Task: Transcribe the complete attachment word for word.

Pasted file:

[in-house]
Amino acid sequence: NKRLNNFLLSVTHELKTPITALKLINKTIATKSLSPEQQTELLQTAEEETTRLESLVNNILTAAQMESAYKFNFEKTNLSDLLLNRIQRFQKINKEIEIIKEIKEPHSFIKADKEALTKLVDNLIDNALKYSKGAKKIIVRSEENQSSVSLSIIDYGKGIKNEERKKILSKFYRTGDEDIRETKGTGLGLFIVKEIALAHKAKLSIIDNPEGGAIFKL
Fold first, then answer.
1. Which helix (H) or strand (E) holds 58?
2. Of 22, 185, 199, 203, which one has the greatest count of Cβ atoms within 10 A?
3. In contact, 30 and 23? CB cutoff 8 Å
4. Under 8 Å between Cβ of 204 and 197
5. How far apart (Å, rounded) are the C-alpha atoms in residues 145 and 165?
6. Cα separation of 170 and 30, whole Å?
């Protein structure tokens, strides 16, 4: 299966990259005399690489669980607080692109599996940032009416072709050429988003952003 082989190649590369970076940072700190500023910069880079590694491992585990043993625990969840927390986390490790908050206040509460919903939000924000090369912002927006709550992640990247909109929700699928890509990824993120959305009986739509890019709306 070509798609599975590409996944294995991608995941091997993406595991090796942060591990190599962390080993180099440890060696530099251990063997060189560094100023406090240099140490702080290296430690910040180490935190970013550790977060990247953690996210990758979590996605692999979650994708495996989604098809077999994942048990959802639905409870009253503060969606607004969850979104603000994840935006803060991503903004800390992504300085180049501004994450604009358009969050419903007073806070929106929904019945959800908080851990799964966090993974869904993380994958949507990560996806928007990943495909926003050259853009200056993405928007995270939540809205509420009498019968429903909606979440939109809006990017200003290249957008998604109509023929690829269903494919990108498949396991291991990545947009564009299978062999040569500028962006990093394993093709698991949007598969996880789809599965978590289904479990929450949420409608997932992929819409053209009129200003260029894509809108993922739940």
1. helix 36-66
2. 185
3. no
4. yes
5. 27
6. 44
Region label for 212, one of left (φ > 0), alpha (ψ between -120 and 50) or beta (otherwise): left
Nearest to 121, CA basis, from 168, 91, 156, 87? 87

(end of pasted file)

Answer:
[in-house]
Amino acid sequence: NKRLNNFLLSVTHELKTPITALKLINKTIATKSLSPEQQTELLQTAEEETTRLESLVNNILTAAQMESAYKFNFEKTNLSDLLLNRIQRFQKINKEIEIIKEIKEPHSFIKADKEALTKLVDNLIDNALKYSKGAKKIIVRSEENQSSVSLSIIDYGKGIKNEERKKILSKFYRTGDEDIRETKGTGLGLFIVKEIALAHKAKLSIIDNPEGGAIFKL
Fold first, then answer.
1. Which helix (H) or strand (E) holds 58?
2. Of 22, 185, 199, 203, which one has the greatest count of Cβ atoms within 10 A?
3. In contact, 30 and 23? CB cutoff 8 Å
4. Under 8 Å between Cβ of 204 and 197
5. How far apart (Å, rounded) are the C-alpha atoms in residues 145 and 165?
6. Cα separation of 170 and 30, whole Å?
């Protein structure tokens, strides 16, 4: 299966990259005399690489669980607080692109599996940032009416072709050429988003952003 082989190649590369970076940072700190500023910069880079590694491992585990043993625990969840927390986390490790908050206040509460919903939000924000090369912002927006709550992640990247909109929700699928890509990824993120959305009986739509890019709306 070509798609599975590409996944294995991608995941091997993406595991090796942060591990190599962390080993180099440890060696530099251990063997060189560094100023406090240099140490702080290296430690910040180490935190970013550790977060990247953690996210990758979590996605692999979650994708495996989604098809077999994942048990959802639905409870009253503060969606607004969850979104603000994840935006803060991503903004800390992504300085180049501004994450604009358009969050419903007073806070929106929904019945959800908080851990799964966090993974869904993380994958949507990560996806928007990943495909926003050259853009200056993405928007995270939540809205509420009498019968429903909606979440939109809006990017200003290249957008998604109509023929690829269903494919990108498949396991291991990545947009564009299978062999040569500028962006990093394993093709698991949007598969996880789809599965978590289904479990929450949420409608997932992929819409053209009129200003260029894509809108993922739940």
1. helix 36-66
2. 185
3. no
4. yes
5. 27
6. 44
Region label for 212, one of left (φ > 0), alpha (ψ between -120 and 50) or beta (otherwise): left
Nearest to 121, CA basis, from 168, 91, 156, 87? 87